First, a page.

Skip to content

Council approves Hemlock Crescent housing development despite limited parking

The same property was the subject of the same debate six years ago before being approved, though that project was ultimately cancelled.
128 hemlock crescent thompson google street view aug 2009
128 Hemlock Crescent in a Google Street View image from 13 years ago. The property looks essentially the same as it does now, since it has remained vacant and unused in the interim, despite being approved as the site for an affordable housing development in 2016. Council recently approved a variation order to enable a new housing development at the site to proceed despite limited parking and a smaller-than-regulation front yard setback.

A proposed affordable housing development along Cree Road faced limited parking as a barrier, just as it did six years ago, but this time some of the people involved in the decision and the project were singing a different tune.

Ma-Mow-We-Take Friendship Centre is hoping to build a 12-unit affordable housing development on the old Thompson Day Care property at 128 Hemlock Crescent, which has sat vacant for nearly 20 years. In order to do so based on its current plans, it required a zoning variation to reduce the front yard setback from 15 feet to 3’2” and to reduce the minimum number of parking stalls from 16 to seven, though originally the site design had only three parking spots.

During a public hearing and debate of a resolution at council’s Aug. 22 meeting, the yard setback didn’t seem to be an issue to anyone, while the parking issue was, though project supporters contended it was a red herring.

Six years ago, council approved a proposed Manitoba Housing development on the same property with only six adjacent parking stalls and an overflow parking agreement with the Lutheran-United Church across the street. 

Though Coun. Duncan Wong, opposed in practice though not in principle, and Coun. Kathy Valentino, completely in support, were on the same sides as they were in 2016, Mayor Colleen Smook had a different view this time around than six years ago as a councillor.

Smook voted against the variation in 2016 but supported it this time, along with every member of council who was present apart from Wong.

“We’ve got to work harder and get more affordable housing in Thompson,” she said.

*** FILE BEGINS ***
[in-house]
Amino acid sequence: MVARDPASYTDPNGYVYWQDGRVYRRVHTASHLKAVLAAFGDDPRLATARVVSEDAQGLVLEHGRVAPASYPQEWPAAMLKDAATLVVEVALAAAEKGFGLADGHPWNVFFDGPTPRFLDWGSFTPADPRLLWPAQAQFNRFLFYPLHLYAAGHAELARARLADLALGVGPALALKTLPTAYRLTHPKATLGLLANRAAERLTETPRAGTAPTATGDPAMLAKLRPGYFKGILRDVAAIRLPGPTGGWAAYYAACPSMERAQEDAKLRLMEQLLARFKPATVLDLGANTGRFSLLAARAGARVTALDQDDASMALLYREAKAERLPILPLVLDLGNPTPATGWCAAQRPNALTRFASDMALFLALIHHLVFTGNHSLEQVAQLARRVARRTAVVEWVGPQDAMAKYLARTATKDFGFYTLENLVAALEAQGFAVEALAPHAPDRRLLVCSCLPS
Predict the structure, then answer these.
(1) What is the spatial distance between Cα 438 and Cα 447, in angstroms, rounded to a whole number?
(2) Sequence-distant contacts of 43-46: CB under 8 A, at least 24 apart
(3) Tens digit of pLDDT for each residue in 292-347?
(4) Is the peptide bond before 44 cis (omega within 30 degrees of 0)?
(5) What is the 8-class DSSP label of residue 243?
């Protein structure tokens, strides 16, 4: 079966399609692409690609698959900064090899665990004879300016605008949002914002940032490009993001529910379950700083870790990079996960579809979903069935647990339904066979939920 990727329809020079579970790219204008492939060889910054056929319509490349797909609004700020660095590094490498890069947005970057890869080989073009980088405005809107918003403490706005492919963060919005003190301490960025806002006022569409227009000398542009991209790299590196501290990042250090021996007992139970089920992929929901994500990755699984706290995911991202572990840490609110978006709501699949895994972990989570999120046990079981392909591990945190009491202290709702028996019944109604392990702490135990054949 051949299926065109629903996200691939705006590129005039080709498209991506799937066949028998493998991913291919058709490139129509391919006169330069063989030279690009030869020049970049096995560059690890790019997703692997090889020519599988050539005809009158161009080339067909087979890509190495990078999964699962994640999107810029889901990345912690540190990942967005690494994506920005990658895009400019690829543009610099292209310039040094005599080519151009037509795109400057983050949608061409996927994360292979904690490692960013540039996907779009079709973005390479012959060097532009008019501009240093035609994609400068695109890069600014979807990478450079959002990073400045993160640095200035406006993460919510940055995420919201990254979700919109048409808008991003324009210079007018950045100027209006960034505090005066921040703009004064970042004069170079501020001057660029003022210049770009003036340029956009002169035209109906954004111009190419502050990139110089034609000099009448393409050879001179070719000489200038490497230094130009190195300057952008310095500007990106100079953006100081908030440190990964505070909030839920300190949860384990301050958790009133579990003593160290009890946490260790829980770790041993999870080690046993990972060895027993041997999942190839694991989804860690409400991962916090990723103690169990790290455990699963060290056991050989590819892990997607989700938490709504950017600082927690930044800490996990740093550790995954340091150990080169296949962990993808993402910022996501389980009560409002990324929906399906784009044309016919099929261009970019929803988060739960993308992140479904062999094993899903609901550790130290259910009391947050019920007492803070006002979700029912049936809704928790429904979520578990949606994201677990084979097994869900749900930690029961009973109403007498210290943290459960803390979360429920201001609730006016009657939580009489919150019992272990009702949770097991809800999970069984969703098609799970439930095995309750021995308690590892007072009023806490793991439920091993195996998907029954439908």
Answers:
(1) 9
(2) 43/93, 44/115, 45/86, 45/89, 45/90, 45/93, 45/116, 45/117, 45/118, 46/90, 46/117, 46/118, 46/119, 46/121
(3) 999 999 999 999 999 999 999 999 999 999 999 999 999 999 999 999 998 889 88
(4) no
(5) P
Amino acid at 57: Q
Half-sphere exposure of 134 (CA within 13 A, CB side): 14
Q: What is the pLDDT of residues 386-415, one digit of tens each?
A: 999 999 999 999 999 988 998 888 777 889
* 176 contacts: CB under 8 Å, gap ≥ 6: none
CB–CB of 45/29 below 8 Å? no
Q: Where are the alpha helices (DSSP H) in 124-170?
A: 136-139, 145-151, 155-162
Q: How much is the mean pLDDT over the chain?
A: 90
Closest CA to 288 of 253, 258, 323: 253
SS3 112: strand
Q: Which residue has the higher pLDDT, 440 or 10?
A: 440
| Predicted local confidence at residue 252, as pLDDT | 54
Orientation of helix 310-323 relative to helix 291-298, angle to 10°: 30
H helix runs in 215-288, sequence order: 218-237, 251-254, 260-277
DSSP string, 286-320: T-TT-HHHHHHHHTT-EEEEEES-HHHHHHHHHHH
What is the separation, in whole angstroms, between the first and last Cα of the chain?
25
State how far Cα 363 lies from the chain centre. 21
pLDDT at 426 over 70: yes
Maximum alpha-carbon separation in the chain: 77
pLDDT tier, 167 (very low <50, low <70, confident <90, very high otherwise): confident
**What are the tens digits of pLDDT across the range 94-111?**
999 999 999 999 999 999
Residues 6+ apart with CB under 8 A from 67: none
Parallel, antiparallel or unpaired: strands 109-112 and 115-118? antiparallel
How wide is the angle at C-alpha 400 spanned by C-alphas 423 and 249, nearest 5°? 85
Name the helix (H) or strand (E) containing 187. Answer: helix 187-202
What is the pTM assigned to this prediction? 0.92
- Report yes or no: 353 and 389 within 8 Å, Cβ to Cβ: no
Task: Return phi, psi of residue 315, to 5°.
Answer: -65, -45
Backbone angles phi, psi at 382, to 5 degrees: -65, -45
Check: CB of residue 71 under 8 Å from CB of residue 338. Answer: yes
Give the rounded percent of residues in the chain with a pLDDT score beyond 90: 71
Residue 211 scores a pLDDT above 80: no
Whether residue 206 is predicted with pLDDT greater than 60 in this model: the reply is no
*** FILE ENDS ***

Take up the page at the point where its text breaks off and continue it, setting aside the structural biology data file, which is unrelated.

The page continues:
Penny Byer, who was a councillor the last time there was a proposed development at the site and voted against it, supports it now in her role with the Thompson Seniors Community Resource Council.

Ron Matechuk, who was on council in 2016, spoke during the public hearing on the proposed variation, in opposition, consistent with his position six years ago.

“It’s not a good idea,” he said, noting that he is a resident of the area and familiar with the property.

His voice of opposition was the lone one heard during the hearing, with written or spoken support from companies including Vale and A&B Builders, along with organizations like the Northern Manitoba Sector Council, Men Are Part of the Solution and the YWCA, the latter two noting that they have very few tenants with vehicles in their housing.

Ma-Mow-We-Tak Friendship Centre executive director Dee Chaboyer said 95 per cent of the funding needed for the multi-million-dollar development to proceed is already in place and that parking spots should not be a priority.

“The parking, I think, is a non-issue in this housing project,” agreed YWCA executive director Kim Hickes.

Ma-Mow-We-Tak Friendship Centre owns the adjacent lot at 122 Hemlock Crescent and says only one of the 10 parking sports at that site is regularly used and that an agreement will be put in place to allow residents of the affordable housing complex to use the other nine.

Members of the public took Wong to task for having suggested during a July 25 meeting that the project was better suited for Eastwood. Wong said that was due to available property and space, not ethnic background, noting that he himself had been subjected to racial abuse and slurs when he immigrated to Canada.

push icon
Be the first to read breaking stories. Enable push notifications on your device. Disable anytime.
No thanks